Thursday, January 21, 2010

Study says wind power feasible but will require significant expansion, investment in power grid

A new study released by the U.S. Department of Energy says a reorganization of the power grid and a significant increase in costs could lead wind power to replace the coal and natural gas burnd to generate 30 percent of the electricity used in the eastern two-thirds of the country. Even after that large investment, the increased wind power would only modestly reduce carbon dioxide emissions linked to global warming, Matthew L. Wald of The New York Times reports. The chief takeaway from the report, Wald writes, is "wind energy is 'technically feasible' but will require significant expansion of the power grid."

David Corbus, a senior engineer at the National Renewable Energy Laboratory, which supervised the study, told Wald that investment would equal about $93 billion in today’s dollars, but that sum, was "really, really small compared to other major costs" in the power system. The study did not address overcoming current political barriers to building more power lines for increased transmission or finding sights for supplying 10 times the current level of generating capacity.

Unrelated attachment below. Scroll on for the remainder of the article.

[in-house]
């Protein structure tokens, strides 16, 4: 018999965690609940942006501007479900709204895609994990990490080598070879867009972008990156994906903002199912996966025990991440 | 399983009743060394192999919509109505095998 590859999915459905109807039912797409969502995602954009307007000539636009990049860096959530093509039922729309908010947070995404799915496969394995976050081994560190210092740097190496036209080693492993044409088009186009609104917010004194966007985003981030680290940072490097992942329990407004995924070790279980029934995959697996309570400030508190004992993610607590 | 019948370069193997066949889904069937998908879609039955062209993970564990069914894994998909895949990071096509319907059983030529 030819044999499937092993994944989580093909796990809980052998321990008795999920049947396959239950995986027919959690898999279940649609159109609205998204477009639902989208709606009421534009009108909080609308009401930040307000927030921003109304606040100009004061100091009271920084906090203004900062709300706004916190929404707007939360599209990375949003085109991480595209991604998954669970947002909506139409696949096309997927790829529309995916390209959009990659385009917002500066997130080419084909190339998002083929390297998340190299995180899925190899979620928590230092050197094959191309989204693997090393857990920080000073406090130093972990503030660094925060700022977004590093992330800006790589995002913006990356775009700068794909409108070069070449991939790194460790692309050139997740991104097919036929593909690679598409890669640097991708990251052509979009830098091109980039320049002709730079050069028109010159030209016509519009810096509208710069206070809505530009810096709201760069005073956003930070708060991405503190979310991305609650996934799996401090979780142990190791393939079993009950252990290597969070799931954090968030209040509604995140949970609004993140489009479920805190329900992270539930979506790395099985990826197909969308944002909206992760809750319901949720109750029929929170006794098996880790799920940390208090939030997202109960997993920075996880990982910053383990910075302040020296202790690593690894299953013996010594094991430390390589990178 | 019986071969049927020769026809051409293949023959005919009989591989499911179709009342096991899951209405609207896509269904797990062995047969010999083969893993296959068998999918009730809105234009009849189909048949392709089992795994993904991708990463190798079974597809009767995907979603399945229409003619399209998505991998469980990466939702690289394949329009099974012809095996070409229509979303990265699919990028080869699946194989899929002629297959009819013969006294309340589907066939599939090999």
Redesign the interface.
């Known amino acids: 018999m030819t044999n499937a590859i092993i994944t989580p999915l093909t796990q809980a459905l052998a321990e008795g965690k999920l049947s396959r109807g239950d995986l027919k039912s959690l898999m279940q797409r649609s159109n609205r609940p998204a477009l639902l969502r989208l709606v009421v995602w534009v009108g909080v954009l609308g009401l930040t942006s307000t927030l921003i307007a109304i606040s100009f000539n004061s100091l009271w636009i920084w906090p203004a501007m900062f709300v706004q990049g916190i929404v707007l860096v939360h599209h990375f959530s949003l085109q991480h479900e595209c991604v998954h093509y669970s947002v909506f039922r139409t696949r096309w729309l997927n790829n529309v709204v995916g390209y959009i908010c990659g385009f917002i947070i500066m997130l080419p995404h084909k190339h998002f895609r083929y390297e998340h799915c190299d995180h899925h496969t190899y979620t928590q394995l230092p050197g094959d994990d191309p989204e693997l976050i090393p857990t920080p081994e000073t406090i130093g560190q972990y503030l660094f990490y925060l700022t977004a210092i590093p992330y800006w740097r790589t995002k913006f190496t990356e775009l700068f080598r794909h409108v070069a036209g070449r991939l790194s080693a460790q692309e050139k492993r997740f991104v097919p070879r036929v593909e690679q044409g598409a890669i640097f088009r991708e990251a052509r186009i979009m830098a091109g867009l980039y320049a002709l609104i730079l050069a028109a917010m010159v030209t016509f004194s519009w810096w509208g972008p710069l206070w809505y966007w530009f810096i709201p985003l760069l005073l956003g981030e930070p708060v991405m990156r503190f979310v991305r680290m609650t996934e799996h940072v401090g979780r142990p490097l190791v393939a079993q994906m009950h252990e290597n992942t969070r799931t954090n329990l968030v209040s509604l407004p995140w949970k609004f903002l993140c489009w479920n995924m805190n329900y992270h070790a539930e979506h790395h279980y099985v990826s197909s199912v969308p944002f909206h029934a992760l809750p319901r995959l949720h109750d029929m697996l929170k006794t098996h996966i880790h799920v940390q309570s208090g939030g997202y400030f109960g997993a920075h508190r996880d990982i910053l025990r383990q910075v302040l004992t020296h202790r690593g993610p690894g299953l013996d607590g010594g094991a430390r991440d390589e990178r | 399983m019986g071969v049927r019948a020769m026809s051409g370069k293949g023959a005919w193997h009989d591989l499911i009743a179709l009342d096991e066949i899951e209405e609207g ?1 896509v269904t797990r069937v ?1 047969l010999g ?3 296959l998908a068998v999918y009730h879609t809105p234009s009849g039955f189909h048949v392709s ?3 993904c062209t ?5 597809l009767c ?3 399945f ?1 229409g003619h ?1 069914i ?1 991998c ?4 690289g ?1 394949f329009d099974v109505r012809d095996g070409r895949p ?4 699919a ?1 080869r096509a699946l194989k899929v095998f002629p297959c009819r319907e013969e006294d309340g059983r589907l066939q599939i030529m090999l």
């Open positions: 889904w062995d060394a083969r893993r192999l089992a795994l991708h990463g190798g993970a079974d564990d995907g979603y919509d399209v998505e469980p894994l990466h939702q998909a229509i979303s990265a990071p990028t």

As grid connections are improved current problems associated with wasted wind energy during peak production periods and the amount of backup generation needed for low production periods would be decreased, Wald reports. The study covered the Eastern Interconnection, about 70 percent of the country's population stretching from Halifax to New Orleans and Miami to Fargo, N.D. The report predicted such an investment would equal about a 4.5 percent decrease in carbon dioxide emissions. The authors did warn that without added renewable energy investments those levels will continue to rise. (Read more)

1 comment:

Unknown said...

ofe of the problems with our grid is the lack of storage for excess generation. there are few attempts being made to find new forms of conversion and even water storage has been overlooked. under ground water heating could reduce steam conversion in present day generators,as an example. municipalities could and should become profit producers and take future design away from purely short term power makers.